It wasn’t THAT long ago that I was a teenager… at least it doesn’t feel like it… or at least it didn’t used to. But this week, counseling teens on the adolescent medicine service, I feel like I’m really starting to show my age.
The idea behind adolescent medicine, which as a field is very young, is to address the issues, both medical and psychosocial, that can affect a young adult’s health, all the while trying to establish a positive patient-doctor relationship such that they don’t fear coming to the doctor in the future. It’s a novel concept, and is admirable for a number of reasons, top among them being the incredible amount of time and personalized attention each teen gets. The average interview lasts anywhere from 30 minutes to an hour and focuses on elements of the patient’s life that are seldom addressed in other fields of medicine. And this is with good reason, as honest discussions early on about a number of health topics such as contraception, substance abuse, eating habits, depression, etc. can have a significant impact later on.
The difficulty, however – especially for a medical student— is being the one to start these discussions, only to then walk a fine line between compassionate professional and concerned peer. Admittedly, there are points when the conversation completely consumes me, momentarily taking me back to the mindset I had when I was their age. But then I snap out of it, and find myself wanting to give advice, all the while constantly fearing that I will sound like I’m lecturing them. At the risk of oversimplifying the matter, being the one wearing the white coat is intense.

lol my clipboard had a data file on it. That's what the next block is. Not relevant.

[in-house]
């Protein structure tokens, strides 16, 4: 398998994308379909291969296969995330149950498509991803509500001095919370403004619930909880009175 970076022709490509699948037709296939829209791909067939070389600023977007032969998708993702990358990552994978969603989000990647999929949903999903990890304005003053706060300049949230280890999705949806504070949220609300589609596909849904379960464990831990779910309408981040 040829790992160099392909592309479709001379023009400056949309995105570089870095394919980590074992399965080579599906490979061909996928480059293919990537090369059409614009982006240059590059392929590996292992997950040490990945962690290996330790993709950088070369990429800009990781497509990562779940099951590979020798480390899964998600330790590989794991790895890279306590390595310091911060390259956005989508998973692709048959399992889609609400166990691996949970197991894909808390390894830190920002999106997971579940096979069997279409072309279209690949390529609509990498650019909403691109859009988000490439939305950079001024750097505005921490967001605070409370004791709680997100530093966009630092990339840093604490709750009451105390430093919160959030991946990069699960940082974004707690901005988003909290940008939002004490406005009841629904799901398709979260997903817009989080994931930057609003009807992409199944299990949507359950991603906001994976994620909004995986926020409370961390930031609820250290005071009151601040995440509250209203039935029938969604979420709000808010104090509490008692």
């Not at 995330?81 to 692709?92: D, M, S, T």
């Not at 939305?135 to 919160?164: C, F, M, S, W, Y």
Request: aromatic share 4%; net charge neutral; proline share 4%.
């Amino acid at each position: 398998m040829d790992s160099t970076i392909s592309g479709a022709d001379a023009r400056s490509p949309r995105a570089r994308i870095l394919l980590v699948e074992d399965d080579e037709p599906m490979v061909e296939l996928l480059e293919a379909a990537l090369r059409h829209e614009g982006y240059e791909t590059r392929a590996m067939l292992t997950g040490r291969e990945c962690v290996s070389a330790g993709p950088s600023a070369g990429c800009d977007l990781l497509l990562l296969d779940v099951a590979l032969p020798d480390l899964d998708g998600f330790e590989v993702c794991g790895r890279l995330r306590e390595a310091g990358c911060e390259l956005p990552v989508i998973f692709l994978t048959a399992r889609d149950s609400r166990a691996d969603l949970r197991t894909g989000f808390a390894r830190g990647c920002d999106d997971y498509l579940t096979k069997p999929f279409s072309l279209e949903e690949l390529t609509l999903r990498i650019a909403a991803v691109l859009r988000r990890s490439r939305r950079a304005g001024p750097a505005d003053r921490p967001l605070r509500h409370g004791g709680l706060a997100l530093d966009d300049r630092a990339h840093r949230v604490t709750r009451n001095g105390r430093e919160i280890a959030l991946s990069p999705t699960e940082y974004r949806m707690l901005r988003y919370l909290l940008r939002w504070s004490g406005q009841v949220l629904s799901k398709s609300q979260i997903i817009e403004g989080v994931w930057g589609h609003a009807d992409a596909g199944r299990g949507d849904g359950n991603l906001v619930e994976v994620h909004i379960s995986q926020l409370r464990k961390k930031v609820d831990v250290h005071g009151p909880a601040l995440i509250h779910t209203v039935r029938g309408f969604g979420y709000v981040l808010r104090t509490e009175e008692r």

After all, many of us did things in our youth that would/may have been advised against by a medical professional or other authority figure at the time, and it’s hard to embrace the hypocrisy and assume that authoritative role. Sometimes you want to yell at them; sometimes you want to laugh and dismiss an issue that doesn’t seem all that significant, because you’ve been through something similar, and well, you turned out alright, didn’t you?; and sometimes you just want to hug them and share parts of yourself as freely as they are doing with you.
But at the same time there is that distance and professional decorum that you have to maintain. You have to remain calm, because a lecture is seldom as effective as a discussion; you have to take every issue seriously, because different context means that what was insignificant for you may be life-altering for them; and although compassion is good and necessary, it ultimately can’t be so excessive that it impairs your objectivity in treating them.
Anyone who made it through the rigors of high school and lived to tell about it knows that the extremes of adolescence are just that: extreme. And as if it weren’t exhausting to go through the first time, it’s just as tiring to experience through these young patients. To make sense of why they’re behaving a certain way or understand exactly what they’re thinking I have to suspend the logical reasoning, introspection, and foresight that I’ve garnered over the past several years of adulthood and put myself in their hormonally-charged, peer-influenced, teenage shoes for a hot minute. Unfortunately, this takes a lot more effort than I ever would have guessed, and has led me to the disconnect that I mentioned at the beginning of the post. I may be the closest one to their age in the office, I’ve never been more keenly aware of the fact that I’m no longer a teenager. I guess the title of student doctor is finally starting to shift more towards the “doctor” part… I mean, it was bound to happen at some point, right?